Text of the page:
scheduled for Saturday, November 23, the 66th Big Game of 1963 was postponed for
a week due to the tragic assassination of U.S. President John F. Kennedy the day before the
game. It was postponed for a week and 82,000 were still in a state of mourning,
along with the rest of the country, when the game was played on November 30th.
Each of the school’s bands would pay tribute to the fallen President and the Arthur P. Barnes rendition of the “Star Spangled
Banner”, with a lone horn player opening and the rest of the LSJUMB joining in,
would become a moving tradition for decades to come.
to the running of converted QB Steve
Thurlow (21 rushes for 126 yards) and three long field goals from Braden Beck, two-point favorite
Stanford eventually would win the 1963 Big Game by the score of 28-17, giving
first-year Stanford head coach and former Cal linebacker John Ralston a big “W” in his first
clash with his own alma mater. After 66 games, the series was tied
in a pregame ceremony before the ‘63 Big Game was a gentleman by the name of
"Big Jim". He was born "Ralph" but most Stanford people know him only as "Big Jim" Reynolds.
was undoubtedly one of Stanford's most enthusiastic and active alumni for more
than fifty years. During that half century, he helped hundreds of students, men
and women, athletes and non-athletes.
during the 30s, 40s, and 50s, many of the Indians' outstanding athletes in all
sports first became interested in the Farm through "Big Jim." Eternal gratitude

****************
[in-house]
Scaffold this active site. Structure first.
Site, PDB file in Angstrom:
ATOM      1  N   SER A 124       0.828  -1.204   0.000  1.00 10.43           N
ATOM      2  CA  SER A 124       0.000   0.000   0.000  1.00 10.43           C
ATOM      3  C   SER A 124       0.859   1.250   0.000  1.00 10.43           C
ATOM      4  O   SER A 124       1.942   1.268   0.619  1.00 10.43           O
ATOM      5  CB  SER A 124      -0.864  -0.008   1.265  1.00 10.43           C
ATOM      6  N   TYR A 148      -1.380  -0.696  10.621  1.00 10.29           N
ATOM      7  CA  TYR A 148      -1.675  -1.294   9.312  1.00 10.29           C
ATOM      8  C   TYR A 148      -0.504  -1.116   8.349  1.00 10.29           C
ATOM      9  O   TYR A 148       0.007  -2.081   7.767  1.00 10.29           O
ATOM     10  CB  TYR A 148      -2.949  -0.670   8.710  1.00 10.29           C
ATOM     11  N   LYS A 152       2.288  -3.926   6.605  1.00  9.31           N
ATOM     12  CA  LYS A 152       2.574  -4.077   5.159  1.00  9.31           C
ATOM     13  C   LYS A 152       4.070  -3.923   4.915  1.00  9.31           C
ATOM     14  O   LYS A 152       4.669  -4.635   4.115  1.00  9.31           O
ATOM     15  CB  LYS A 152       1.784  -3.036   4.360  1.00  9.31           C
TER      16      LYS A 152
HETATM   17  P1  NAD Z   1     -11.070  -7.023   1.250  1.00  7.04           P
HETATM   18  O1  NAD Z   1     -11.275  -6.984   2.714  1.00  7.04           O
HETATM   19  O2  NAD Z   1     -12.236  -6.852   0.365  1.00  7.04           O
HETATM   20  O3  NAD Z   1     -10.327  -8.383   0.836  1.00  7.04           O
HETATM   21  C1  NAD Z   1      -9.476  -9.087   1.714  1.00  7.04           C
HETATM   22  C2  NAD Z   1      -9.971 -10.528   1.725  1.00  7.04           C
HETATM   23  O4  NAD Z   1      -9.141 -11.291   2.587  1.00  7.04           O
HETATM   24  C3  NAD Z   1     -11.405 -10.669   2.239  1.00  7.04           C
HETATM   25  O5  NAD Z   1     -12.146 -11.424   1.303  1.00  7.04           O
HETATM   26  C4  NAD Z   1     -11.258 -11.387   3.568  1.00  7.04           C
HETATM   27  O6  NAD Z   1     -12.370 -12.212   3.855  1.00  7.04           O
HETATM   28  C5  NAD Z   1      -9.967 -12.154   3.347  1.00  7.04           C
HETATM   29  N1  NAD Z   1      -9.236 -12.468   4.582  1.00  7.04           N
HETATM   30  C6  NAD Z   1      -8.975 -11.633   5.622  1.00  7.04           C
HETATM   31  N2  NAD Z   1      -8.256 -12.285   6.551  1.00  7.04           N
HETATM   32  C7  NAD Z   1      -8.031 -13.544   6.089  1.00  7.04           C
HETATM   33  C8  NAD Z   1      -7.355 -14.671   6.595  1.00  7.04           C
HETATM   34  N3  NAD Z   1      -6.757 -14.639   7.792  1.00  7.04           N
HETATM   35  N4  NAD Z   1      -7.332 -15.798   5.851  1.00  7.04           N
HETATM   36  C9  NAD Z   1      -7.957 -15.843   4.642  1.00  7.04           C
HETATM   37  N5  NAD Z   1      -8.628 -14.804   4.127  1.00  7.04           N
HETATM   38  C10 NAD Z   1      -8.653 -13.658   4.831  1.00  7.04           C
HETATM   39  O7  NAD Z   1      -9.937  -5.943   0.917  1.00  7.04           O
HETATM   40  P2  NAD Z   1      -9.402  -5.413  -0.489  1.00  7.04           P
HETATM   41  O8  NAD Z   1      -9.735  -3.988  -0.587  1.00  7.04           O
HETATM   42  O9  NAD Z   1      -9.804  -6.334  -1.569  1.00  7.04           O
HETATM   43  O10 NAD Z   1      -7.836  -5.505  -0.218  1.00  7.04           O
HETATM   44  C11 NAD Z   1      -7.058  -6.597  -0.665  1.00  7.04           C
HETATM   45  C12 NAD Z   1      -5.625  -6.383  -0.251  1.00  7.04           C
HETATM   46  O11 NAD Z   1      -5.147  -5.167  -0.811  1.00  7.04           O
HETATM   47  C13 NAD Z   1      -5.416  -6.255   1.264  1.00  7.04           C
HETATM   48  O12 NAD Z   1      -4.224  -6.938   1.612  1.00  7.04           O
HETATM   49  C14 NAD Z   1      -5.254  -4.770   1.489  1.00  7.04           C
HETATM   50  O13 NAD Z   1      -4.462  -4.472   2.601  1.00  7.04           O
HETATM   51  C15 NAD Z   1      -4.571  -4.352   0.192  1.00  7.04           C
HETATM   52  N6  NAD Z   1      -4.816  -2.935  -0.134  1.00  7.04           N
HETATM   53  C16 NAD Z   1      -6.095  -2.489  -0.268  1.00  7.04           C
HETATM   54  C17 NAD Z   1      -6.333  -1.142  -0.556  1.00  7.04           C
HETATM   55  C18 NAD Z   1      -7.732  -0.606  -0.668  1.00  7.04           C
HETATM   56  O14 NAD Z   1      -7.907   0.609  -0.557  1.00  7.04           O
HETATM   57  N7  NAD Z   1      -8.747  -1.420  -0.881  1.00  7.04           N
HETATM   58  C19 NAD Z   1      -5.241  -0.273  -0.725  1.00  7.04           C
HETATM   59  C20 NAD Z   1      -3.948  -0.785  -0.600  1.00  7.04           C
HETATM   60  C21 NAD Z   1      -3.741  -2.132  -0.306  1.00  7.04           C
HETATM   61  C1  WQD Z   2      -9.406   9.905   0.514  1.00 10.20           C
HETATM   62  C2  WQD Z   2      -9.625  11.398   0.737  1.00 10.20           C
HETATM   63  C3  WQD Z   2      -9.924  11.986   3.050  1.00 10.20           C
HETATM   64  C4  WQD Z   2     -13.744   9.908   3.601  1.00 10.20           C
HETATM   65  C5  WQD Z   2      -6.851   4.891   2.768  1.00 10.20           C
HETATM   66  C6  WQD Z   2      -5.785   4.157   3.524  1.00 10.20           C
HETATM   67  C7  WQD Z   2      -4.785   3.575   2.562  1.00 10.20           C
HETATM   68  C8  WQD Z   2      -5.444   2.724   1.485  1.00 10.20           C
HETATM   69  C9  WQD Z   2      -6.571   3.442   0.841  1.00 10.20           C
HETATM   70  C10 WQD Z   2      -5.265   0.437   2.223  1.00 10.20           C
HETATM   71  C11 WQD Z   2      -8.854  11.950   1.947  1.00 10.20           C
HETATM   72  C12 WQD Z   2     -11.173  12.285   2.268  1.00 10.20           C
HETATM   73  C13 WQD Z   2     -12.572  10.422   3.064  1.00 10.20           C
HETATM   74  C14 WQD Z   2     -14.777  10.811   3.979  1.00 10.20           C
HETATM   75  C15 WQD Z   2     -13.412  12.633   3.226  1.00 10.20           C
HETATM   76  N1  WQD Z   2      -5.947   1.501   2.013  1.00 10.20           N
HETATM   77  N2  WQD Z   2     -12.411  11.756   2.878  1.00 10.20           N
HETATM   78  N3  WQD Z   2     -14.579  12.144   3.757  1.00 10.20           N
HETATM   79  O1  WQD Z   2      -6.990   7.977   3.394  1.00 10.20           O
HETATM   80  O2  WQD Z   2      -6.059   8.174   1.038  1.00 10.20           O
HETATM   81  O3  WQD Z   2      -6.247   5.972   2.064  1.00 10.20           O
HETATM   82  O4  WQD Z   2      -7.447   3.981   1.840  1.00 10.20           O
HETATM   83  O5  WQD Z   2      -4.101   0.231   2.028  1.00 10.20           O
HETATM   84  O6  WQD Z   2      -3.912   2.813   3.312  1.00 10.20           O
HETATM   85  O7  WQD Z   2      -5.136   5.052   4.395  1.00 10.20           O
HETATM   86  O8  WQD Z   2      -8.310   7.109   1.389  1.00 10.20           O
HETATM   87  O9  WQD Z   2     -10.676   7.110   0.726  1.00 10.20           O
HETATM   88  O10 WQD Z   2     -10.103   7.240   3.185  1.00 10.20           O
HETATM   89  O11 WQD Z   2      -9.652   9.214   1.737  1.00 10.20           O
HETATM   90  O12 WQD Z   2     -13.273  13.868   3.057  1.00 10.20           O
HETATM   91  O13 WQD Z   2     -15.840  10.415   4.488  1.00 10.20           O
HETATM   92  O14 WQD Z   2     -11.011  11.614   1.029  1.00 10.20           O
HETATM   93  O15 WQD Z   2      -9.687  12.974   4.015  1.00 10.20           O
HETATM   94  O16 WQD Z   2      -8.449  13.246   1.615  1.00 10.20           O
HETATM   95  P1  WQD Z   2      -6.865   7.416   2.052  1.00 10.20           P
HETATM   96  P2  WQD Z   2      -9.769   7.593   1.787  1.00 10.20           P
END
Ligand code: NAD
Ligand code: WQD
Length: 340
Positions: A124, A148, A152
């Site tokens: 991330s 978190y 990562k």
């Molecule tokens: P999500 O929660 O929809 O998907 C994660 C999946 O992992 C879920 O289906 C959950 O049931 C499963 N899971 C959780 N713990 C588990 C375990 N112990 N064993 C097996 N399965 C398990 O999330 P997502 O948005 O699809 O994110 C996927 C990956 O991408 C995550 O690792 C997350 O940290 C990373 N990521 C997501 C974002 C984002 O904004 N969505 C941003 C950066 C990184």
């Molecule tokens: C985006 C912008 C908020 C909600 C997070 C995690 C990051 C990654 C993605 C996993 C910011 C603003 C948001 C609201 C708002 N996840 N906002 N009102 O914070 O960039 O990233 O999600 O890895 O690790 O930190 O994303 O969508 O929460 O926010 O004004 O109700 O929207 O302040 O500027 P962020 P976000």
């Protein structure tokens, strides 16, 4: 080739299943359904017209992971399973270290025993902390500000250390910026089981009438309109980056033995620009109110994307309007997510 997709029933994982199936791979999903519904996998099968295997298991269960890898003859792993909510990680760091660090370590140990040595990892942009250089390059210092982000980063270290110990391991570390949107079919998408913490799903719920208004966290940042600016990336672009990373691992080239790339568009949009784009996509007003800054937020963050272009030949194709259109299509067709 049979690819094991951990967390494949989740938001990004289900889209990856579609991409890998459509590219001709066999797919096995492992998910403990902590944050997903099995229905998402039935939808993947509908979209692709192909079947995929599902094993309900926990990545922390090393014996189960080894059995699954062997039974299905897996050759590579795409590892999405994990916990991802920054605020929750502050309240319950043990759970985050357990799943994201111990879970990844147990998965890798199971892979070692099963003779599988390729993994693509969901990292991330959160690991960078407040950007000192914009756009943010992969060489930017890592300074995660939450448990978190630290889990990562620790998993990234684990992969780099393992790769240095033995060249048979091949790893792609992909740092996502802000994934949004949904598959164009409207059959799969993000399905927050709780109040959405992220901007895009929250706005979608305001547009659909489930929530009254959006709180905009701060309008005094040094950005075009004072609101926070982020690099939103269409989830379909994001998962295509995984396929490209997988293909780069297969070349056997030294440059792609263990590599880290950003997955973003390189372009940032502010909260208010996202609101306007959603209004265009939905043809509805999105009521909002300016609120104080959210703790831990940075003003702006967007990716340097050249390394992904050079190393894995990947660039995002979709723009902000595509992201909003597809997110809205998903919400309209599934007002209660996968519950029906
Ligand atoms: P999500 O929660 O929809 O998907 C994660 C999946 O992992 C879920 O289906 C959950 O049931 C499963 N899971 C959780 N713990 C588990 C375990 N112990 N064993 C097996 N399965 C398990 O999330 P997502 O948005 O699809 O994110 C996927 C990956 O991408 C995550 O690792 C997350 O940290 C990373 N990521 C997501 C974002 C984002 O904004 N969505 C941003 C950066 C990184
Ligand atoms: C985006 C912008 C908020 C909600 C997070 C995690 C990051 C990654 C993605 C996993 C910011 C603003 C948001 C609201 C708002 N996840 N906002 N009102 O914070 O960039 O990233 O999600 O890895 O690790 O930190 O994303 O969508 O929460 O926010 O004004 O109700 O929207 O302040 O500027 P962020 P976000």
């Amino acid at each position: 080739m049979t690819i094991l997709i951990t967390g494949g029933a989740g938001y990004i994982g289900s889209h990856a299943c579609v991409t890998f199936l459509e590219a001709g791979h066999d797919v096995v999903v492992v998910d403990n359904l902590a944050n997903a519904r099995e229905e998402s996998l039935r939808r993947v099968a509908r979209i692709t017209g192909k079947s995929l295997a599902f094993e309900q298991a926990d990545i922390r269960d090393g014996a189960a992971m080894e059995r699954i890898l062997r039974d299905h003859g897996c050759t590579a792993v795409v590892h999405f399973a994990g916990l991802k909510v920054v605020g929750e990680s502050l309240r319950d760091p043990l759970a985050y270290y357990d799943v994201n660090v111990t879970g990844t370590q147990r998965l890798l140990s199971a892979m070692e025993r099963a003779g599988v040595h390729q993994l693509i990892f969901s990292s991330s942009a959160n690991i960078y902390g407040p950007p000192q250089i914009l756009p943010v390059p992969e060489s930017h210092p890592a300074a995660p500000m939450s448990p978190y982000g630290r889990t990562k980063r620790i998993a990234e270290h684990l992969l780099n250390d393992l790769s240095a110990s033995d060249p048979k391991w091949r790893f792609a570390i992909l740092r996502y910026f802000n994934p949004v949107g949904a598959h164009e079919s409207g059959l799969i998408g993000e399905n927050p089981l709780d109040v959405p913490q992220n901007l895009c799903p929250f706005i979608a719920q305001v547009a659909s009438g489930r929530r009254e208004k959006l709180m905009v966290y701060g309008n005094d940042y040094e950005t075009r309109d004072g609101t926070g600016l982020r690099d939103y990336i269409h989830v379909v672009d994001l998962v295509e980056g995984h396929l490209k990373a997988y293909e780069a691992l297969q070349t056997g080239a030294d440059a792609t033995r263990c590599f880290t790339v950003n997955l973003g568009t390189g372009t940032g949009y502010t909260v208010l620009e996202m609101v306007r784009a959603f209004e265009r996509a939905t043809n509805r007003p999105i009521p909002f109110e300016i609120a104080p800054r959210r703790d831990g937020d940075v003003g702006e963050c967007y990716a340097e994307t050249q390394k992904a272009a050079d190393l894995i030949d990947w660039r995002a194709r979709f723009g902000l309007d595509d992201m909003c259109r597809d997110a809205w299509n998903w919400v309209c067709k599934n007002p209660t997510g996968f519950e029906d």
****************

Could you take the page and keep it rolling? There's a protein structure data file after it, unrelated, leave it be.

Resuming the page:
was bestowed up Reynolds by the Stanford Alumni Association, Stanford Buck Club,
Stanford Block "S" Society, and the Stanford Athletic Board is expressed in the
special presentation to "Big Jim" Reynolds.
the award that day was a Stanford luminary in his own right, Mr. Joseph J. Burris, who had been
President of the Stanford Club of Los Angeles, the Law Society of Southern
California, and the Stanford Alumni Association; Chairman of the Stanford Buck
Club and the Stanford Athletic Board.
all accounts, “Big Jim” Reynolds was a “larger-than-life” personality, who
operated in a decidedly different era in which NCAA compliance was less of a
concern because the rules with regard to alumni contact were much less
of the “Jim Reynolds Award”, still
given annually to Stanford Football’s “Most Inspirational Senior Football
Player” include programs greats like Gary Kerkorian, Bobby Garrett, Ed
Cummings, Steve Thurlow, Ray Handley, and Marty Brill. The most recent “Jim
Reynolds Award” winner was oft-injured, yet ever-courageous wide receiver and
kick returner Chris Owusu in